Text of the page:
Ken Davy  

The future looks exciting for financial advisers

Ken Davy

Ken Davy

At last, after 15 months of the most tragic personal and economic circumstances brought on by the Covid-19 pandemic, I believe that we are now emerging into a new world of opportunity.

While we must not forget what everyone has gone through, the light at the end of this particular tunnel is getting bigger and brighter by the day, and the implications for financial advisers in particular are profound.

As we enter this new age of opportunity, with its expanding horizons, I would like to offer you three fundamental reasons why I believe the future is going to be exciting for the financial services sector in general, and financial advice specifically.

First and foremost is the pent-up demand for financial advice. We were well aware before the pandemic that there was a shortage of qualified financial advisers, with the number having fallen from about 250,000 when regulation started about 30 years ago, to around just 25,000 today.

Unfortunately, as the number of advisers has fallen dramatically, over the same period the cost of providing advice has risen significantly as the direct and indirect costs of regulation (such as professional indemnity insurance and the Financial Services Compensation Scheme) have grown exponentially.

The inevitable result is a huge advice gap, with millions of consumers who could have benefited from financial advice being, quite simply, priced out of the market.

Not an achievement that brings any credit to the succeeding regulators or governments who have stood by and let this happen. Nonetheless, it is a harsh reality that will cost future governments dearly in social benefits – something that could have been avoided if more attention and encouragement had been given to helping consumers to save and protect their families.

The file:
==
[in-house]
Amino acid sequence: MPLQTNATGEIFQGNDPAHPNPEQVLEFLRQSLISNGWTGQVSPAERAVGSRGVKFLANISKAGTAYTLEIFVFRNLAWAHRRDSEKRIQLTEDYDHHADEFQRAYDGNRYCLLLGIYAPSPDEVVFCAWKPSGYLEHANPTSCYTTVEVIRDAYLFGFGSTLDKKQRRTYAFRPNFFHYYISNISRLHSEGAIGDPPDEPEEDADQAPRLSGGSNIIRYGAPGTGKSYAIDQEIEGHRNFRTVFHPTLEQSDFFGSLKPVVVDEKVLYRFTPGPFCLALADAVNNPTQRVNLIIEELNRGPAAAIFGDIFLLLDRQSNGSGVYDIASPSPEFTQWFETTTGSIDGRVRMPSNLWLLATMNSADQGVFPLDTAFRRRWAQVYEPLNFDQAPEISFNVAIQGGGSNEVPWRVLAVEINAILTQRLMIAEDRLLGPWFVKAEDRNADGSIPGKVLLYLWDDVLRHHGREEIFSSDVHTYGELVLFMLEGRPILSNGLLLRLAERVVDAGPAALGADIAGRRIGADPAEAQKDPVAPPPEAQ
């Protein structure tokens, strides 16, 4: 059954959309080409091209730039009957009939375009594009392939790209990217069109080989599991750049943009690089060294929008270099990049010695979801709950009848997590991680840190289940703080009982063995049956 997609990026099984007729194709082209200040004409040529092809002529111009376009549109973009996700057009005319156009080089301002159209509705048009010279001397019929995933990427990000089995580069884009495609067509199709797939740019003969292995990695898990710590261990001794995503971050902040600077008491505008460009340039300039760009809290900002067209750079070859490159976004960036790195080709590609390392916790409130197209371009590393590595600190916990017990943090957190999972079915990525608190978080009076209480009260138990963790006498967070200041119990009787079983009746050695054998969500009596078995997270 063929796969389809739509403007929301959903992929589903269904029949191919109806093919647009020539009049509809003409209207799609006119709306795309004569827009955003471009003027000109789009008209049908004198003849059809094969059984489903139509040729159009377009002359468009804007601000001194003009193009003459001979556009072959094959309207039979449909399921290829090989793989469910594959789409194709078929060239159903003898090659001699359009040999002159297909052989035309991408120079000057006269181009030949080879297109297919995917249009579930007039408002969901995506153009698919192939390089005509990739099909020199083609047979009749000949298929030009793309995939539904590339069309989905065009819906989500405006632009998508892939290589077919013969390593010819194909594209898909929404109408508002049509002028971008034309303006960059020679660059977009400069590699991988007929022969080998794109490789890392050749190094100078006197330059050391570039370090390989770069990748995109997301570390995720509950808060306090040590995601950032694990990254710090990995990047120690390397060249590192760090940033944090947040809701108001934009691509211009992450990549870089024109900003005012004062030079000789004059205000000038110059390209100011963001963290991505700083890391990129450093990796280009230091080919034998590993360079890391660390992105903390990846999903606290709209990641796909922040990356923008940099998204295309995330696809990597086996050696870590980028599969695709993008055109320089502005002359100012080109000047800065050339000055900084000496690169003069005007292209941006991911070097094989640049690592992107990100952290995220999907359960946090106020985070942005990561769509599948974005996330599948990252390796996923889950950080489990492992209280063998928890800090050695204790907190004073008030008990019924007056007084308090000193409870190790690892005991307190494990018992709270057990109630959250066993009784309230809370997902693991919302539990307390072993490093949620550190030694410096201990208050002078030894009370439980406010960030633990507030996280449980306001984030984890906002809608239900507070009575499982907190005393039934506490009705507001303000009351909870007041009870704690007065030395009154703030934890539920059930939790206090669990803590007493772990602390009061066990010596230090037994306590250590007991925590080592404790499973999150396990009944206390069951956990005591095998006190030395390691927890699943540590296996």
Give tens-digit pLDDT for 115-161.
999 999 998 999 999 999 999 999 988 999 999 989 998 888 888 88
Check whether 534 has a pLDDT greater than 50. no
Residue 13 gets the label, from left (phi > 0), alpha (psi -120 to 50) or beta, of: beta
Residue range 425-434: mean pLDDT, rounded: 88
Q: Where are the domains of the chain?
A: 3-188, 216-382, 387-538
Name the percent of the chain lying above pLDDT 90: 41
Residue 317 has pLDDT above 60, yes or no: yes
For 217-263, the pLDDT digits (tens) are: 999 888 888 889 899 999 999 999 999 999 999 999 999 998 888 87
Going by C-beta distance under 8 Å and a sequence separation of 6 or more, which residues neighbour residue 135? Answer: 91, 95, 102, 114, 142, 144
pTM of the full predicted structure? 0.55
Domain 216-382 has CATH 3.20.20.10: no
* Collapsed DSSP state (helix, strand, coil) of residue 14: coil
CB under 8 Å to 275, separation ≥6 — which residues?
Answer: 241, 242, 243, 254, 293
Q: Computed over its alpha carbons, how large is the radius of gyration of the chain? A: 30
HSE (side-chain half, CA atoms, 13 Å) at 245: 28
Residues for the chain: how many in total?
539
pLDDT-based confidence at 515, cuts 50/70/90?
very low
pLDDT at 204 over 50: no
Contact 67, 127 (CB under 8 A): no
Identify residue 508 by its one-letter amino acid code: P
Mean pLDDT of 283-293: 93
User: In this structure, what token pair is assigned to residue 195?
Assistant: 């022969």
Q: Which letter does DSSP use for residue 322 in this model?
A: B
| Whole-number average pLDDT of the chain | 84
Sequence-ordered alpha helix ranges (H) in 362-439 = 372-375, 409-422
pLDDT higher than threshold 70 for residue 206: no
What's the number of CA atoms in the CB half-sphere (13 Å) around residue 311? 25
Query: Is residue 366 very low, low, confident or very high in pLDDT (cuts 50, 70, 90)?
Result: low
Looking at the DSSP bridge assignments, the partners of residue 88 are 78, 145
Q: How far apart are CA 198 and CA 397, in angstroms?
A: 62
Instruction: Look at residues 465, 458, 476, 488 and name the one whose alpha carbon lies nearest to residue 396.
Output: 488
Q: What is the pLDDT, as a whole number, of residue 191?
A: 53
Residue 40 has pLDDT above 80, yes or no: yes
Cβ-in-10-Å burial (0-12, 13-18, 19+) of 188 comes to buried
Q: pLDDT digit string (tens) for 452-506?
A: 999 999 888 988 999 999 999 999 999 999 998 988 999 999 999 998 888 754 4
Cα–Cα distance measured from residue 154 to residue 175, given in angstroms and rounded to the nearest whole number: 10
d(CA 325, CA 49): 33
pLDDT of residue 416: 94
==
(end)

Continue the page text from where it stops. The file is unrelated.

Secondly, the pandemic and the accompanying lockdown has changed all our lives forever, and none more so than that of those of providing financial advice.

During the lockdown, delivering financial advice remotely via Zoom, Microsoft Teams or even WhatsApp and FaceTime became the norm, with countless thousands of interviews and presentations, including mortgage transactions and complex solutions, completed successfully.

I saw a survey recently that said half of financial advisers plan to continue with remote working and, frankly, I expect that the actual figure will end up being significantly higher as many clients, old and new, are going to demand it.

Thirdly, as you reflect on the reasons I have set out above, I hope you can appreciate why their impact is going to be so profound for financial advice, especially for financial advisers, their businesses and their profitability.

That there is a shortage of advisers is beyond dispute, as is the fact that the cost of financial advice has had to increase because of the higher costs of regulation.

Now, as a direct result of the restrictions of the past year, advisers and clients have been forced to embrace technology in a way that would have been unimaginable before the pandemic.